A healthy lifestyle should be like a healthy diet -- well-balanced. Practicing only one or two aspects of healthy living is, of course, better than practicing none at all, but neglecting other areas can eventually lead to health problems. A healthy lifestyle should include a nutritious diet, exercise for your body and your brain, rest, a supportive social network, avoidance of risky behaviors and the practice of healthy ones.
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You can’t be healthy if you consistently eat unhealthy food. For maximum health, vegetables, fruits and whole grains should be approximately 75 percent of your intake at each meal. Meat or a meat substitute can provide the rest, but choose lean cuts of meat such as skinless poultry and sirloin, or fish, such as salmon and tuna. Consume meatless meals comprised of beans or soy products to substitute red meat. Reduce your intake of processed foods and reduce portions for better weight control. Finally, limit sugar, salt and fried foods.
Physical and Mental Exercise
Aim for at least 30 minutes of aerobic exercise most days of the week, along with a couple strength-training workouts. Exercise can lower blood pressure and cholesterol, make bones stronger, help with weight control and relieve stress. Physical exercise even benefits the brain by increasing circulation. In addition, exercise your mind by reading, doing crosswords or learning something new. Doing something that involves both your brain and your hands, such as knitting or woodworking, can also be a great stress reliever.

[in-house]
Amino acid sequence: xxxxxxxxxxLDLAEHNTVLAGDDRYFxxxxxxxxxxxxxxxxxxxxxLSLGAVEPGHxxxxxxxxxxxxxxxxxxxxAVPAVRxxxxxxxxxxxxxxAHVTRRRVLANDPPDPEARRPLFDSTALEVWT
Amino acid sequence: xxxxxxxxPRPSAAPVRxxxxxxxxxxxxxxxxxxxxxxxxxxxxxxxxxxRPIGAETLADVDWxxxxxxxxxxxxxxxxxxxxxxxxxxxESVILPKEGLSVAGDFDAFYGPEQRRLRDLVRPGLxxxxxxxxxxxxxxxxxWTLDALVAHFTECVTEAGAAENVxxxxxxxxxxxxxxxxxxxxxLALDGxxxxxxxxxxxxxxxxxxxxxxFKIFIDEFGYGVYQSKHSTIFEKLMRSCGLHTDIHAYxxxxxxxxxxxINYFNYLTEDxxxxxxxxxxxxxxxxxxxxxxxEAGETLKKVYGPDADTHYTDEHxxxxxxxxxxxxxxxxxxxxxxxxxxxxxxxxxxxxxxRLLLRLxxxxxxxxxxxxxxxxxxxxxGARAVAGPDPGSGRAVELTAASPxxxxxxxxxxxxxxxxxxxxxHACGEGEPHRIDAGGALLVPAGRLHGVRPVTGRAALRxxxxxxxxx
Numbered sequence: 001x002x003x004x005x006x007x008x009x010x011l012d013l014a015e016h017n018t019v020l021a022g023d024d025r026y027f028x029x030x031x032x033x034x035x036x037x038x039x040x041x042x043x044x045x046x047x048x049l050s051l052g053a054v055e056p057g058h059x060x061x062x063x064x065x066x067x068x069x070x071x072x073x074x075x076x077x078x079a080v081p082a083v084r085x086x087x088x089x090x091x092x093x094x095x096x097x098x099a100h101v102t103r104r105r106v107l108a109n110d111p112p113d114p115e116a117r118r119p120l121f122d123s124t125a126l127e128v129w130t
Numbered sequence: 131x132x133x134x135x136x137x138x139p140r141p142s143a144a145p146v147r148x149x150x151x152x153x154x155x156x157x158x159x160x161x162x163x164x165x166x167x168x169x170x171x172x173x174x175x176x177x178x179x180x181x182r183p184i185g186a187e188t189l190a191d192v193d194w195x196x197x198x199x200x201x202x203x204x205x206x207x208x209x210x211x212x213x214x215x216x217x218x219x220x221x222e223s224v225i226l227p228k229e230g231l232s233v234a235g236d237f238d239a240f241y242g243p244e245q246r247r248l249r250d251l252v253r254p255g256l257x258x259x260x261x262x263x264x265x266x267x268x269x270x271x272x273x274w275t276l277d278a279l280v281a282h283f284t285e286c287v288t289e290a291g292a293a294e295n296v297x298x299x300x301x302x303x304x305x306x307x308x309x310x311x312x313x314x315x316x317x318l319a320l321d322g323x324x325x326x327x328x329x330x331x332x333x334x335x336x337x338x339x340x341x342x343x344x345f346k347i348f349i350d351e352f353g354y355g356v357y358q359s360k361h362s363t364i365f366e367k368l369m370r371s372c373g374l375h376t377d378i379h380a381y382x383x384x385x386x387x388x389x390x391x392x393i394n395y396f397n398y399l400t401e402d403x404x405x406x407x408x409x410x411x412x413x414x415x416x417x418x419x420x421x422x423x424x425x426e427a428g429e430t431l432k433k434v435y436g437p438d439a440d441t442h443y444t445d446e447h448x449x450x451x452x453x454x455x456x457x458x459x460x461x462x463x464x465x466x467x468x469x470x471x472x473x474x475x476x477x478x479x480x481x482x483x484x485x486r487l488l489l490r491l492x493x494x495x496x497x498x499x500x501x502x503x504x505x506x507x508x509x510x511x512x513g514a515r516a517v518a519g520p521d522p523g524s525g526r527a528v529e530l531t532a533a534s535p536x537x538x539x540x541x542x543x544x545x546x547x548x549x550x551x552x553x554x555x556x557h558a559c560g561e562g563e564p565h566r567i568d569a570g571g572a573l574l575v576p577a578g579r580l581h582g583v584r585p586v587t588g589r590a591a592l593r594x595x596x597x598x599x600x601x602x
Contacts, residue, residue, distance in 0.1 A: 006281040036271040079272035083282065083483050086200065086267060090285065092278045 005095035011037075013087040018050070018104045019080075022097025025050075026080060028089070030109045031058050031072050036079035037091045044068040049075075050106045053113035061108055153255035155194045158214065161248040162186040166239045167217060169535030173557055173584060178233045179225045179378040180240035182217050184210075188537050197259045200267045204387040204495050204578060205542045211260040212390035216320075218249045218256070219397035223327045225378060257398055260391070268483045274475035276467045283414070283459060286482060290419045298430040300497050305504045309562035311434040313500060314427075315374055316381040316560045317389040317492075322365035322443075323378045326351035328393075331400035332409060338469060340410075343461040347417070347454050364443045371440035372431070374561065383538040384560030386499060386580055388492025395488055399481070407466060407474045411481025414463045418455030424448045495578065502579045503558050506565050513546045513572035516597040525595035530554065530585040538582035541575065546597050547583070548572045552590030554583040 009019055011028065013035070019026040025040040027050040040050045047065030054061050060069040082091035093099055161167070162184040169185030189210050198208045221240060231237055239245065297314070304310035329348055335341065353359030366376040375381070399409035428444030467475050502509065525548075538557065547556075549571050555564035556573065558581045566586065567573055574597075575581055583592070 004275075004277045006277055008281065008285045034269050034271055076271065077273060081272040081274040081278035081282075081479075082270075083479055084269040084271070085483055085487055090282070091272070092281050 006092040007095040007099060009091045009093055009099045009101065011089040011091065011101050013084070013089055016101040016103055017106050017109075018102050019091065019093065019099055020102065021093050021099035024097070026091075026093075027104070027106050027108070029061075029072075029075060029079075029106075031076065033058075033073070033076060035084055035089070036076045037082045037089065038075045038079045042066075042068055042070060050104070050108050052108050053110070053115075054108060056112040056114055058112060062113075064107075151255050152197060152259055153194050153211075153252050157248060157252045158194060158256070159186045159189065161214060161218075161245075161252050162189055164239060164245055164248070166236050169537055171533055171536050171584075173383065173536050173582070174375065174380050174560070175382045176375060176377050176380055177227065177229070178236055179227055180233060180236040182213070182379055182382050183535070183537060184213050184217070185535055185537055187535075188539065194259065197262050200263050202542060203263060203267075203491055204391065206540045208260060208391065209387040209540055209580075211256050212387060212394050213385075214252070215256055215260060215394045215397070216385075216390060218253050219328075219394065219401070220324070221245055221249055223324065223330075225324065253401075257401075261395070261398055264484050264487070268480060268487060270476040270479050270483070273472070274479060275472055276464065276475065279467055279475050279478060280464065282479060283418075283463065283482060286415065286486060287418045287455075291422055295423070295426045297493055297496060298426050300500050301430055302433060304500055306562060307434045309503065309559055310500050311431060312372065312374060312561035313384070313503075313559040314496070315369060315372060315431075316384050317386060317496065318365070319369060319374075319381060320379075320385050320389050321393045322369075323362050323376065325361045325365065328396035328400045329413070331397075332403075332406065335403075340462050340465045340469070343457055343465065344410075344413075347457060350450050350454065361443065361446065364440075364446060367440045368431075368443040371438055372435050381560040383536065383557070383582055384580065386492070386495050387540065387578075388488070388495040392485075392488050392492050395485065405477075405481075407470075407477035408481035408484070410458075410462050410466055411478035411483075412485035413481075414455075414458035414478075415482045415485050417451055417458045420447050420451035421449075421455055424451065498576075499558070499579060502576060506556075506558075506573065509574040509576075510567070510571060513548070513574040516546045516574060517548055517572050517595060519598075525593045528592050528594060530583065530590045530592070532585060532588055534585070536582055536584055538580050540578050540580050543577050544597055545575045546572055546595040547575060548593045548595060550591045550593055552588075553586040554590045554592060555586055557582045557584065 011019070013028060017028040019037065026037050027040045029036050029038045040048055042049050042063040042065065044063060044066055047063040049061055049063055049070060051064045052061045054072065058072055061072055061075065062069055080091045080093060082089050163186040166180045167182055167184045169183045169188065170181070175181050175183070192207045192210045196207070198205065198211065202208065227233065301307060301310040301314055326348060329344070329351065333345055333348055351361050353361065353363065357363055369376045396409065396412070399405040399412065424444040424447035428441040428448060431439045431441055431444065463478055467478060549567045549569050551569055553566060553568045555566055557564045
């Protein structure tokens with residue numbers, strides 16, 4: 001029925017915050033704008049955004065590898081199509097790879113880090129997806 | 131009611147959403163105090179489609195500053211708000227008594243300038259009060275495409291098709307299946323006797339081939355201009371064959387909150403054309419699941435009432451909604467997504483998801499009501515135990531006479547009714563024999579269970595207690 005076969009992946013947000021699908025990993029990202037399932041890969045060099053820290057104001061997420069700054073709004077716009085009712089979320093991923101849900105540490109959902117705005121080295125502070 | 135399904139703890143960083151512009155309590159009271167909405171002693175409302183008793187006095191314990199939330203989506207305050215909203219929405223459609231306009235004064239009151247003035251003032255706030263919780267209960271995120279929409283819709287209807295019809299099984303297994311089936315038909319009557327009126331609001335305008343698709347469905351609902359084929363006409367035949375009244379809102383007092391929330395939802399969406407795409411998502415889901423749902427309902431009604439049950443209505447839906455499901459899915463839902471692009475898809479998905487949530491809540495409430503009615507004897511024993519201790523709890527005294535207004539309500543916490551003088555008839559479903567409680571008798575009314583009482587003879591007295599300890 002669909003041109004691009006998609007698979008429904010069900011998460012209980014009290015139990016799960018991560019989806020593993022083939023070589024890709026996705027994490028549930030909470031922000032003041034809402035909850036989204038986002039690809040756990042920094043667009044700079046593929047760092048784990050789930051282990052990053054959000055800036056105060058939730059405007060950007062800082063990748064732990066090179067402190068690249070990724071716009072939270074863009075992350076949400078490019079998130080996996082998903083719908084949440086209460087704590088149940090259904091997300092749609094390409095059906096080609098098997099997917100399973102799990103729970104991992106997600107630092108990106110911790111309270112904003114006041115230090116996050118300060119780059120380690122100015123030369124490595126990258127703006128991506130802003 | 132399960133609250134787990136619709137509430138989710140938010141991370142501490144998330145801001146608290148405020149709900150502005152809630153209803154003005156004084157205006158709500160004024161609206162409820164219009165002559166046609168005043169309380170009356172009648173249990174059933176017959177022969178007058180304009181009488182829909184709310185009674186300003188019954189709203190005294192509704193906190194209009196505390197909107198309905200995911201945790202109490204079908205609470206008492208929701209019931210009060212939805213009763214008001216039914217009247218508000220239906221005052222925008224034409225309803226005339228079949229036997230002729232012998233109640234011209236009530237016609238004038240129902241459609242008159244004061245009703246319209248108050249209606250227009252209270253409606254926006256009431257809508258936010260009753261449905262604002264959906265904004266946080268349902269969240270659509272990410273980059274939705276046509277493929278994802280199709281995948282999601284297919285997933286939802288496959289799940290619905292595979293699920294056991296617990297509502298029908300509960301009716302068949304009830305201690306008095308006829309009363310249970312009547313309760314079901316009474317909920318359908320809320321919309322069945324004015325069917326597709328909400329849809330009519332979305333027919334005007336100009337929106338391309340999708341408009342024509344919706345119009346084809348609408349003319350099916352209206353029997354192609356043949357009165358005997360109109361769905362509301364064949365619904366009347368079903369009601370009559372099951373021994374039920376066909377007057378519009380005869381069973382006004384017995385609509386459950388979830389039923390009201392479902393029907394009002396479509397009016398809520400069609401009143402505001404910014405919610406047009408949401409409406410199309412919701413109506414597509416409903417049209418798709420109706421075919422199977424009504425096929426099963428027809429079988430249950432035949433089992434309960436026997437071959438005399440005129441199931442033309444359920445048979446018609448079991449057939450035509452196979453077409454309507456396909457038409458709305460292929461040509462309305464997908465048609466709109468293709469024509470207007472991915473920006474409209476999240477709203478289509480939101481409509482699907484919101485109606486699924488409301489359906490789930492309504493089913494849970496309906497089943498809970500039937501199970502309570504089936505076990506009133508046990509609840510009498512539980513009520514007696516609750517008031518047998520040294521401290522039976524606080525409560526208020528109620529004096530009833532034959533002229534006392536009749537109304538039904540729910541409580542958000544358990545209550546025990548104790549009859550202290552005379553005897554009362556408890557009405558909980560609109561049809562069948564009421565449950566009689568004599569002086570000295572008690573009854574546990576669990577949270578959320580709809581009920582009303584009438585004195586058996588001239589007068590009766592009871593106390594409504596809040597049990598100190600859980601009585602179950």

Sleep is healing. If you are chronically short on sleep, your health and most areas of your life suffer. Adequate sleep helps learning and memory. Lack of it increases your risk of disease by lowering your immunity, increases hypertension and irregular heartbeat and can lead to accidents. When you’re tired, you can become irritable and impatient, affecting your personal and professional relationships. Finally, chronic lack of sleep affects metabolism and can result in weight gain.
Humans are social creatures. Cultivate relationships with your family and friends. If you have been transferred for work far from people you know and love, make use of technology to stay close. Through the Internet and smart phones, you can email, text and even make video calls. Don't neglect your immediate surroundings. Join a club or find places in your community where people gather. If you're new to an area, joining a church can enable you to meet people at the same time you satisfy spiritual needs.
Risky behaviors are often associated with teens, but adults of all ages can engage in behaviors that put their health and lives at risk. Obviously risky behaviors include unprotected sex, illegal drug use and driving while under the influence, but other less frowned upon behaviors can also put your health at risk. Make it a practice to wear seat belts, get physical exams, wash your hands frequently and see the dentist regularly.